Production up in Africa but food shortages persist

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Severe food shortages and emergencies continue to grip several countries in sub-Saharan Africa despite a general improvement in food supplies, and conditions could worsen unless action is speedily taken to deliver food assistance to the most affected countries, says FAO in a special report.

Liberia, Burundi and Somalia are hardest hit and head a list of 13 countries facing food supply difficulties of various intensities, according to the FAO report.

"Pockets of famine have developed in parts of Liberia," says the report, "following a sharp reduction in food production and serious disruption of relief distributions." Severe malnutrition and deaths from starvation-related causes have been reported.

The causes of food shortages vary from region to region, including civil strife, adverse weather, population displacement and localized crop failures. Although overall food supplies in sub-Saharan Africa have improved -- reflecting mainly a recovery in cereal production in southern Africa -- food assistance is still needed in parts of the subregion.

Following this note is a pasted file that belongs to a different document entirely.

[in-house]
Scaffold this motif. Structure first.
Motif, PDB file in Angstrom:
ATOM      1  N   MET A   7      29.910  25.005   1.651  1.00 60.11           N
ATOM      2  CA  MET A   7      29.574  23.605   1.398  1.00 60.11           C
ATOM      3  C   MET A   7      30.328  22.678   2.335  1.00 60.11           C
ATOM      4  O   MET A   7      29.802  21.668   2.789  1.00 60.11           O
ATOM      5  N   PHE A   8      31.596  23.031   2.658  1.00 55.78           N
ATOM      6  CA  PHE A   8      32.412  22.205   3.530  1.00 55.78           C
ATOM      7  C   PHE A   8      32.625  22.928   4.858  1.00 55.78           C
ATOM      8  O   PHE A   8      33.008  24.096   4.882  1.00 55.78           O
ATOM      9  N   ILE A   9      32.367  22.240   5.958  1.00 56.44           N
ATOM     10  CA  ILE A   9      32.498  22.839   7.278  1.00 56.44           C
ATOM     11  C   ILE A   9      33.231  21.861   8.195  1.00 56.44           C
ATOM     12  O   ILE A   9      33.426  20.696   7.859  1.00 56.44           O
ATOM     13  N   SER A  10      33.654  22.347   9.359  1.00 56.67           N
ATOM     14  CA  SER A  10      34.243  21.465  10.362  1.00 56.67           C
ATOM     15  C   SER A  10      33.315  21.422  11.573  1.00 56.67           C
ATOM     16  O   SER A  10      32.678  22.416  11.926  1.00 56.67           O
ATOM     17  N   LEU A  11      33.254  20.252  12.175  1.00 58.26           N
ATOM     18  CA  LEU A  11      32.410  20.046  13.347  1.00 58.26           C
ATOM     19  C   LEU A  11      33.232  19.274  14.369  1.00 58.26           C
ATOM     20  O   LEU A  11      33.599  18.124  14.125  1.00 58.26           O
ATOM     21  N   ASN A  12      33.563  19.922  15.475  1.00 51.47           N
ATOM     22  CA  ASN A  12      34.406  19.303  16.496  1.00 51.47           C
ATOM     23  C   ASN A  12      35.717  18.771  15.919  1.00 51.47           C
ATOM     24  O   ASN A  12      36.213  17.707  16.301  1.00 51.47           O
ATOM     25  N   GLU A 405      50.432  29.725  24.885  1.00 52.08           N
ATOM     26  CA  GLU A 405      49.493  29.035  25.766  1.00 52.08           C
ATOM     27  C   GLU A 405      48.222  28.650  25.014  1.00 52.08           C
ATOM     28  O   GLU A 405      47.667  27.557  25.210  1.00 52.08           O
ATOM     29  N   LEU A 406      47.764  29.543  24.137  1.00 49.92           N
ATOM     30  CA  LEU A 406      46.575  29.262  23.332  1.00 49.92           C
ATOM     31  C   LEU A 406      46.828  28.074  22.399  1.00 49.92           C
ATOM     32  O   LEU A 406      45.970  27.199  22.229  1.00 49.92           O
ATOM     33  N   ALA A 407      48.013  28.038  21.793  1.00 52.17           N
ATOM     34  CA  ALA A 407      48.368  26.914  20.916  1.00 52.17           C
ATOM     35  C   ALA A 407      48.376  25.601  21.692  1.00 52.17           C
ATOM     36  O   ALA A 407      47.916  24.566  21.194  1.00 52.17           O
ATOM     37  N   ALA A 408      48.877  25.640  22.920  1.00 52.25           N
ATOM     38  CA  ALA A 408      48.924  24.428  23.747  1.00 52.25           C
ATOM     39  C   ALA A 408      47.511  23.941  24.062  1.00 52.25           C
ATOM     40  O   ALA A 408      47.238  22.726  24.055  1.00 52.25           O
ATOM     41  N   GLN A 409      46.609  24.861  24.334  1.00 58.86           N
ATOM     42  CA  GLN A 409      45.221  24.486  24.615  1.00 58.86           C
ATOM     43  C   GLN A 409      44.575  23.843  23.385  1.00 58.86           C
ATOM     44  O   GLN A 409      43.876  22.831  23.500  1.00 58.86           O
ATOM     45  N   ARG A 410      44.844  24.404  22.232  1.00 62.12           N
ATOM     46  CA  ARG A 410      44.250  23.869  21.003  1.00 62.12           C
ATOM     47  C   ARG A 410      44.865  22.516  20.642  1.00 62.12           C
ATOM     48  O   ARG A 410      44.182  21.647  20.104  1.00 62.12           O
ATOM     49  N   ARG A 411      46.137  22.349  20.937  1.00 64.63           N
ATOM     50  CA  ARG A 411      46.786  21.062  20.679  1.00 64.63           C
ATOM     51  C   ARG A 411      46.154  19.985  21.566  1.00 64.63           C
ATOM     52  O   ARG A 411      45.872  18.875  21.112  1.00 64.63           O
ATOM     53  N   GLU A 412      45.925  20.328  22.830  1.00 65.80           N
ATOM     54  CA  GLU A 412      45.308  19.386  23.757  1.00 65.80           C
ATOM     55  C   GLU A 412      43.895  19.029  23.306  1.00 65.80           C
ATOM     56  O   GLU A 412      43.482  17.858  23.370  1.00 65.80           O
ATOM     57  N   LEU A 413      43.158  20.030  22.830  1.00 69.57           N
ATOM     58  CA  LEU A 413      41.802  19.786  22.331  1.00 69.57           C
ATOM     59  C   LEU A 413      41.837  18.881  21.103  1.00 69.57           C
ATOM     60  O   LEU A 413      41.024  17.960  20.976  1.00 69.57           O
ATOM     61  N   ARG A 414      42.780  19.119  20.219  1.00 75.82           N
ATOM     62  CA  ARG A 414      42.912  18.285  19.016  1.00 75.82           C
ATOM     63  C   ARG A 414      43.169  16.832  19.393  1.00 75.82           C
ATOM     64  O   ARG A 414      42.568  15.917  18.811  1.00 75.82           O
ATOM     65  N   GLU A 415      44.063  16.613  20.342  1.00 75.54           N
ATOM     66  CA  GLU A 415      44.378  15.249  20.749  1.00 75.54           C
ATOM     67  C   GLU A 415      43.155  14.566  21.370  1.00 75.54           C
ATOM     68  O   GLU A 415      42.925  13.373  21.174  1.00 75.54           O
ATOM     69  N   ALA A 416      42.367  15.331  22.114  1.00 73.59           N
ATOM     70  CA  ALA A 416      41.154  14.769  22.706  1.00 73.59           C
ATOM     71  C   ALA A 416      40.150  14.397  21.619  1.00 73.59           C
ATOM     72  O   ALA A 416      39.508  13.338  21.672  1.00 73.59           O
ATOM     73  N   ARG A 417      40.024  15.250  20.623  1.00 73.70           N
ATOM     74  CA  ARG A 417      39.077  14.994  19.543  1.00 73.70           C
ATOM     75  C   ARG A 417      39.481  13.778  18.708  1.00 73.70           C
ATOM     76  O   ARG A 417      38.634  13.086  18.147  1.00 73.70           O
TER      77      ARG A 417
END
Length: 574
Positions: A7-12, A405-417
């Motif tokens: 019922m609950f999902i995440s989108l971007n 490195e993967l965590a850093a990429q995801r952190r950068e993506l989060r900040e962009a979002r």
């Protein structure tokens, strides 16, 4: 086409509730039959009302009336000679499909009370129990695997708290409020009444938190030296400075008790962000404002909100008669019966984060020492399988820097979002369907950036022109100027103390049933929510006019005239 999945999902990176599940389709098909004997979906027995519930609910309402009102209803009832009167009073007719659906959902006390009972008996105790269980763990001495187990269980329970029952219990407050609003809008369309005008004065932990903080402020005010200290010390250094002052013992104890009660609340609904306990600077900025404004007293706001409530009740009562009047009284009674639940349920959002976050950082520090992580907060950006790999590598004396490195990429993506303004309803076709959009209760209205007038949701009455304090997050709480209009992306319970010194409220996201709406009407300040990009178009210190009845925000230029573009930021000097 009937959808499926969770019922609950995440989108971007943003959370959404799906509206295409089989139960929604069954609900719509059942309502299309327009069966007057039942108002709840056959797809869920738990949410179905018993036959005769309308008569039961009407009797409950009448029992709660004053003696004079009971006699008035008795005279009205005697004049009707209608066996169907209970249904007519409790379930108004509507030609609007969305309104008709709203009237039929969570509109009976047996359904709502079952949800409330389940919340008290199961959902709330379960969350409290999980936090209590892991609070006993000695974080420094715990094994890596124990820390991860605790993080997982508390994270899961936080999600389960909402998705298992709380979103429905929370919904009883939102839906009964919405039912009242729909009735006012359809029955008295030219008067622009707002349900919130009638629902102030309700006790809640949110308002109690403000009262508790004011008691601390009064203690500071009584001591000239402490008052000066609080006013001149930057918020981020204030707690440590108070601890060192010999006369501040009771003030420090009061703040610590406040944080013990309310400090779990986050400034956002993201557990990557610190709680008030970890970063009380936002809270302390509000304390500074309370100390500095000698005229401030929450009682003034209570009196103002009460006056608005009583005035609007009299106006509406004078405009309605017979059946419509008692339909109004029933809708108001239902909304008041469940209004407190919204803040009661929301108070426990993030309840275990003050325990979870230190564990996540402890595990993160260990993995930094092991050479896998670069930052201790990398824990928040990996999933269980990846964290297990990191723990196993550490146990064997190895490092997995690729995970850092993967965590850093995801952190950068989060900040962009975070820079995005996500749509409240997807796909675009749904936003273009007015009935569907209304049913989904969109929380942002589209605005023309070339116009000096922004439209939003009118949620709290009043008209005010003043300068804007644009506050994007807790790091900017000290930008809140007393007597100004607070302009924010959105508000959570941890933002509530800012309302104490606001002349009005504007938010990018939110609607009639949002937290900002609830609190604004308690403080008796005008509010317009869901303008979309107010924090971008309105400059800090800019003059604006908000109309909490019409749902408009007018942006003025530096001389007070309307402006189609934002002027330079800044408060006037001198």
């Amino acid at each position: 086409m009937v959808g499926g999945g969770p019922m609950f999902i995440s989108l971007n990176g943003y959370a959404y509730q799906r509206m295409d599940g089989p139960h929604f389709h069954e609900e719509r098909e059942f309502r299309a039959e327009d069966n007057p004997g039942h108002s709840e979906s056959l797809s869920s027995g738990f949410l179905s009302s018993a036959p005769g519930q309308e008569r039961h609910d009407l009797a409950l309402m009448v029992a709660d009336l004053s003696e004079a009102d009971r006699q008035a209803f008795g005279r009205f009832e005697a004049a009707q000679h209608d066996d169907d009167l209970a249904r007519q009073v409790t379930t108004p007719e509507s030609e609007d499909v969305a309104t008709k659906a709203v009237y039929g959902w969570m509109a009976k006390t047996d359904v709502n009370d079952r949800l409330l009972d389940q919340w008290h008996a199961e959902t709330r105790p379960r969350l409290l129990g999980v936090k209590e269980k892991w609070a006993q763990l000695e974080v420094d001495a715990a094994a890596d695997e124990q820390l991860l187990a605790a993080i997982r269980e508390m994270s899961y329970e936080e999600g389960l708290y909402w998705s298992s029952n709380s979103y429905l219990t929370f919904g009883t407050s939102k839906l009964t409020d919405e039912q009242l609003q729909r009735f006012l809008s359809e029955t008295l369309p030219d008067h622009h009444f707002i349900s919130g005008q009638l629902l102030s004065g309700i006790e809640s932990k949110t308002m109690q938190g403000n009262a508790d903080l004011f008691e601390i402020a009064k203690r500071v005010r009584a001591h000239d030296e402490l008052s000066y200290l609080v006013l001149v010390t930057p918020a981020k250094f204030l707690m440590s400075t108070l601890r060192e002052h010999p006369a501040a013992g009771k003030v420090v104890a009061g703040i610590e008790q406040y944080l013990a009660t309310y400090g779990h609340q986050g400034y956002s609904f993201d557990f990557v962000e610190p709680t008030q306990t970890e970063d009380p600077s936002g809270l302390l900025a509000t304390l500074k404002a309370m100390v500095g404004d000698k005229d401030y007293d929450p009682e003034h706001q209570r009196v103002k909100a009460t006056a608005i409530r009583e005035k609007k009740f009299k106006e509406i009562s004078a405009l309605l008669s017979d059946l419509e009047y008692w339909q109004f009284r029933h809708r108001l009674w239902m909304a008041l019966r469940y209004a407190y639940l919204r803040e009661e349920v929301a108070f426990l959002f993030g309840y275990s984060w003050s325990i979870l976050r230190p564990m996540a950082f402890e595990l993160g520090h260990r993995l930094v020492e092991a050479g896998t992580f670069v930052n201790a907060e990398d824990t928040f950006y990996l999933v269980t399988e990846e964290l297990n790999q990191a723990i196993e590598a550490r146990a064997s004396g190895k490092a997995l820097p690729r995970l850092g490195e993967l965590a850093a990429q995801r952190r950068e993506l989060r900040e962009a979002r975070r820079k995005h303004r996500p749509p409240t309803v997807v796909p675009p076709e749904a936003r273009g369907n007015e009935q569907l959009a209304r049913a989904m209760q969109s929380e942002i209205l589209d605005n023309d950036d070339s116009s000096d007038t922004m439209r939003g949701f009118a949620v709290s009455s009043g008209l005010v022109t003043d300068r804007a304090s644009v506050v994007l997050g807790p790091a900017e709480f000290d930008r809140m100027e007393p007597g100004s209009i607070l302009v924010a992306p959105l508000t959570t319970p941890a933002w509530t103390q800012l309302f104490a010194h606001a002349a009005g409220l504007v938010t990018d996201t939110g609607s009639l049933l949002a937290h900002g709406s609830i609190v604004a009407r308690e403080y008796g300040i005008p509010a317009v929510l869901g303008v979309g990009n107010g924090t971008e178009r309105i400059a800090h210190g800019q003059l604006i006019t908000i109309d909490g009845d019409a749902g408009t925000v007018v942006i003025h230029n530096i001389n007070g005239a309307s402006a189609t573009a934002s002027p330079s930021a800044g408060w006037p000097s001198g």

"There is a pressing need for large-scale national and international intervention to bring about a rapid improvement in the region's food security situation," says Abdur Rashid, head of FAO's Global Information and Early Warning System.

The report calls on the international community to focus on:

  • urgent delivery of emergency food assistance to Liberia
  • provision of food assistance to the affected populations in the Sudan and Somalia
  • continued relief assistance to refugees and internally displaced people in the Great Lakes region and elsewhere
  • sustained assistance to help rebuild the agricultural sectors of countries such as Rwanda and Sierra Leone.

The report points out that global food aid availabilities in 1996/97 are not expected to improve much from the low 1995/96 level of 7.7 million tonnes, which is certainly not enough to meet the needs of the region.

About 40 percent of the total population of sub-Saharan Africa is already chronically undernourished, that is about 215 million people. The number could rise to 265 million in the year 2010 unless action is taken to stem the current trend

18 October 1996

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